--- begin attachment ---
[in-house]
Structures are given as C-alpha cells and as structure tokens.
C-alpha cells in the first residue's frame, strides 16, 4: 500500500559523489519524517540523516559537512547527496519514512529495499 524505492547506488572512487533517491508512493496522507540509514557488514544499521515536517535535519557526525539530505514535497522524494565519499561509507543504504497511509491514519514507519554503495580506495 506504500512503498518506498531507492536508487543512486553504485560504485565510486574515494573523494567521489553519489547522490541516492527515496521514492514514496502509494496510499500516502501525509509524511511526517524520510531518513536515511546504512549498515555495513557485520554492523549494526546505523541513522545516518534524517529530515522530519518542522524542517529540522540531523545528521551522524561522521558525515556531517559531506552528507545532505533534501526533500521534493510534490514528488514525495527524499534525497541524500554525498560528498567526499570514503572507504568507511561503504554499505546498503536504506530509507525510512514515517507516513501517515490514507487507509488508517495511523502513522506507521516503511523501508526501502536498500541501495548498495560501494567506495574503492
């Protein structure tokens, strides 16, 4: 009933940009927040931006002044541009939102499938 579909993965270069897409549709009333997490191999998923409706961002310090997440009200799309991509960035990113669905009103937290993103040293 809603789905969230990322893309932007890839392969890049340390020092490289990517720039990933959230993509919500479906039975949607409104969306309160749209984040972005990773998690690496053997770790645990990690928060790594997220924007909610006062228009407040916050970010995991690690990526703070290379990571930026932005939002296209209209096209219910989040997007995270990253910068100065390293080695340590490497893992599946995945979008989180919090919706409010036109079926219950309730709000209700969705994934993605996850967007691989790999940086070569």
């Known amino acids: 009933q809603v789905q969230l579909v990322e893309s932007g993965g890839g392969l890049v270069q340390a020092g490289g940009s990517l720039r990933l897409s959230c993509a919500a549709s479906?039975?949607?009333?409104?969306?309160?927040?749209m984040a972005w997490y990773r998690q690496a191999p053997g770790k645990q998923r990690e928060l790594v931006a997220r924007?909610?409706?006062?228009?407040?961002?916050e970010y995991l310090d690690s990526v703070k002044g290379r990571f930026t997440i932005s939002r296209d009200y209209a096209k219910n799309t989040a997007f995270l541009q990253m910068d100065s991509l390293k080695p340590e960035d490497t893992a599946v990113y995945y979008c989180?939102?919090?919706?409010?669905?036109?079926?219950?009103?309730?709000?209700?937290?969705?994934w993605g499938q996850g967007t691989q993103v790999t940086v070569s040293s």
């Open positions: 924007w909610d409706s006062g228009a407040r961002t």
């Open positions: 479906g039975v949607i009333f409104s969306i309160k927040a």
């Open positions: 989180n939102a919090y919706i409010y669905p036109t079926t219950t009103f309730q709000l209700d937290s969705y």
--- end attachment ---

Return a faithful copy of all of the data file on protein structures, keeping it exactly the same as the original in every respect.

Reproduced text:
[in-house]
Structures are given as C-alpha cells and as structure tokens.
C-alpha cells in the first residue's frame, strides 16, 4: 500500500559523489519524517540523516559537512547527496519514512529495499 524505492547506488572512487533517491508512493496522507540509514557488514544499521515536517535535519557526525539530505514535497522524494565519499561509507543504504497511509491514519514507519554503495580506495 506504500512503498518506498531507492536508487543512486553504485560504485565510486574515494573523494567521489553519489547522490541516492527515496521514492514514496502509494496510499500516502501525509509524511511526517524520510531518513536515511546504512549498515555495513557485520554492523549494526546505523541513522545516518534524517529530515522530519518542522524542517529540522540531523545528521551522524561522521558525515556531517559531506552528507545532505533534501526533500521534493510534490514528488514525495527524499534525497541524500554525498560528498567526499570514503572507504568507511561503504554499505546498503536504506530509507525510512514515517507516513501517515490514507487507509488508517495511523502513522506507521516503511523501508526501502536498500541501495548498495560501494567506495574503492
């Protein structure tokens, strides 16, 4: 009933940009927040931006002044541009939102499938 579909993965270069897409549709009333997490191999998923409706961002310090997440009200799309991509960035990113669905009103937290993103040293 809603789905969230990322893309932007890839392969890049340390020092490289990517720039990933959230993509919500479906039975949607409104969306309160749209984040972005990773998690690496053997770790645990990690928060790594997220924007909610006062228009407040916050970010995991690690990526703070290379990571930026932005939002296209209209096209219910989040997007995270990253910068100065390293080695340590490497893992599946995945979008989180919090919706409010036109079926219950309730709000209700969705994934993605996850967007691989790999940086070569």
């Known amino acids: 009933q809603v789905q969230l579909v990322e893309s932007g993965g890839g392969l890049v270069q340390a020092g490289g940009s990517l720039r990933l897409s959230c993509a919500a549709s479906?039975?949607?009333?409104?969306?309160?927040?749209m984040a972005w997490y990773r998690q690496a191999p053997g770790k645990q998923r990690e928060l790594v931006a997220r924007?909610?409706?006062?228009?407040?961002?916050e970010y995991l310090d690690s990526v703070k002044g290379r990571f930026t997440i932005s939002r296209d009200y209209a096209k219910n799309t989040a997007f995270l541009q990253m910068d100065s991509l390293k080695p340590e960035d490497t893992a599946v990113y995945y979008c989180?939102?919090?919706?409010?669905?036109?079926?219950?009103?309730?709000?209700?937290?969705?994934w993605g499938q996850g967007t691989q993103v790999t940086v070569s040293s």
């Open positions: 924007w909610d409706s006062g228009a407040r961002t």
């Open positions: 479906g039975v949607i009333f409104s969306i309160k927040a």
């Open positions: 989180n939102a919090y919706i409010y669905p036109t079926t219950t009103f309730q709000l209700d937290s969705y």